Monday, November 25, 2013

Memory Is Weird

 My mind has a mind of its own.
—"The Future, Wouldn't That Be Nice?" The Books  

I've never known anyone else who does this—no one who's admitted to it, anyway: occasionally, I'll be walking down the street, just people-watching on my way to wherever, and I'll catch sight of a particularly interesting face, and think to myself, "Wow, no matter how hard I try, sometime very soon, I am not going to be able to remember that person's face. It's weird that I have so little control over that."

Sometimes, I try anyway.

On these occasions, I spend the rest of my walk doing everything I can to commit the face to memory: re-running over and over in my head the shape of the jaw, the line of the nose, the color of the hair or the lack of hair, the placement of the eyes, the presence and physicality and nuance of the face as a whole. It never works. I can recall having done this dozens of times without being able to remember a single face, the way a father might remember having attended numerous middle school band performances without any idea what his kids played on a given night (though with a dead certainty that he's heard "Hot Cross Buns" enough for several lifetimes).

I find memory upsetting because of how little control I have over it. I don't get to choose what I remember and what I don't. There are other examples. If I try and reach back into my memories of childhood, I find that, rather than the important events of my life—the things I'd choose to remember if I could—the most accessible memories are of silly, piddly things without consequence: the time my sister told me she'd dreamt about Barney the Dinosaur spitting on plants to make them grow, me telling my mom that boogers tasted great, and so forth. Memory seems to choose at random what to keep and what to lose, like an underpaid secretary tossing out files willy-nilly to make room for new documents. I end up losing mental images of old friends and retaining addresses for houses I've long since moved out of.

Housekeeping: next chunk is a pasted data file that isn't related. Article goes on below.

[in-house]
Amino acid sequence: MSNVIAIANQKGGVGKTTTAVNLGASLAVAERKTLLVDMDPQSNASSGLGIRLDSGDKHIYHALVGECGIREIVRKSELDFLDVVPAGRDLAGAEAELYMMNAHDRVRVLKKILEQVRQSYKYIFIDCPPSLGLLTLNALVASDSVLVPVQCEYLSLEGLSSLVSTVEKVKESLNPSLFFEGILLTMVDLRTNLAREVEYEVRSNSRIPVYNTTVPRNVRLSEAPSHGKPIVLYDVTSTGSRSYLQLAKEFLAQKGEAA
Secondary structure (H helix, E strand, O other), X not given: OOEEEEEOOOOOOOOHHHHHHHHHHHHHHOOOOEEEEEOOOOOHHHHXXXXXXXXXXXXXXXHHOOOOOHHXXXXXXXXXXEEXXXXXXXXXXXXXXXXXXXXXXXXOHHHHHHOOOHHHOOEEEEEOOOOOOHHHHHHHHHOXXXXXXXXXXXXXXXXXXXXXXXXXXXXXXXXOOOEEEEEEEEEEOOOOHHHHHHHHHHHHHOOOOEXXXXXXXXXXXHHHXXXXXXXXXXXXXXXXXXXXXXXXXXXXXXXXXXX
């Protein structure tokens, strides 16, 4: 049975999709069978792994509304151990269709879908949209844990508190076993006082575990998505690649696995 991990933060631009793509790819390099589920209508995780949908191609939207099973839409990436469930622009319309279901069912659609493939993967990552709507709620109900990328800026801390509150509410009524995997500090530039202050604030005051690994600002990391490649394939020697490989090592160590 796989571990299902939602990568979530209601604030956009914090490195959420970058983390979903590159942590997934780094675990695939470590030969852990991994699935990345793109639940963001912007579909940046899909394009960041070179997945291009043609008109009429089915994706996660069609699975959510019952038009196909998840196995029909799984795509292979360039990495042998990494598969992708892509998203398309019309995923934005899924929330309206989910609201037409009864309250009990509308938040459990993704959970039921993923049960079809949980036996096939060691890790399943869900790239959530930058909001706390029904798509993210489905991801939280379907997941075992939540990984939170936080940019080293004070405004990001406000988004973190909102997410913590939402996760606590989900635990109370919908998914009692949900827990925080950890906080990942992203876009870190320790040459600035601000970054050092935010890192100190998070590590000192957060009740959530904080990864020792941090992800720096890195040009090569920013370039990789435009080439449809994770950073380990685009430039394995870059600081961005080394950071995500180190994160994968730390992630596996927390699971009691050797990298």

My fiancée likens memory to an iceberg covered in penguins. Whenever you learn something new, you get a new penguin. Eventually the iceberg is full of penguins. For every new penguin after that, one of the penguins already on the iceberg has to jump off. And you don't get to choose which penguin that is.

But neither of these metaphors actually captures very well what memory really is, and what makes it truly unsettling. A memory, it turns out, is not a stable thing. It's not a file that you reach into the filing cabinet to pull out. It's not a penguin that you can tap on the shoulder that will squawk back at you what you once knew.

No, a memory is more like an old story, a folk tale, or a joke: each time you go back and think of it again, you recreate, or re-imagine, the memory. When you remember something, you are in essence retelling the story of that memory, and just like a folk story or a joke, memories change in the retelling.

In the first segment of this podcast episode on memory and forgetting, there's an example of this that bears repeating:
The act of remembering is an act of creation...Every time you remember something, you're changing the memory a little bit...You think you remember something that took place 30 years ago. Actually what you're remembering is that memory reinterpreted in the light of today, in the light of now. The more you remember something, the less accurate it becomes...
Imagine a couple in love and it's their first kiss. He kisses her, and she kisses him. She remembers the kiss, of course, and he remembers the kiss. As they go through the rest of the romance and the next 36 years together, the kiss will essentially become replaced by two independently re-embroidered and increasingly dishonest kisses. Assuming they think about the kiss enough, that's what [this] implies...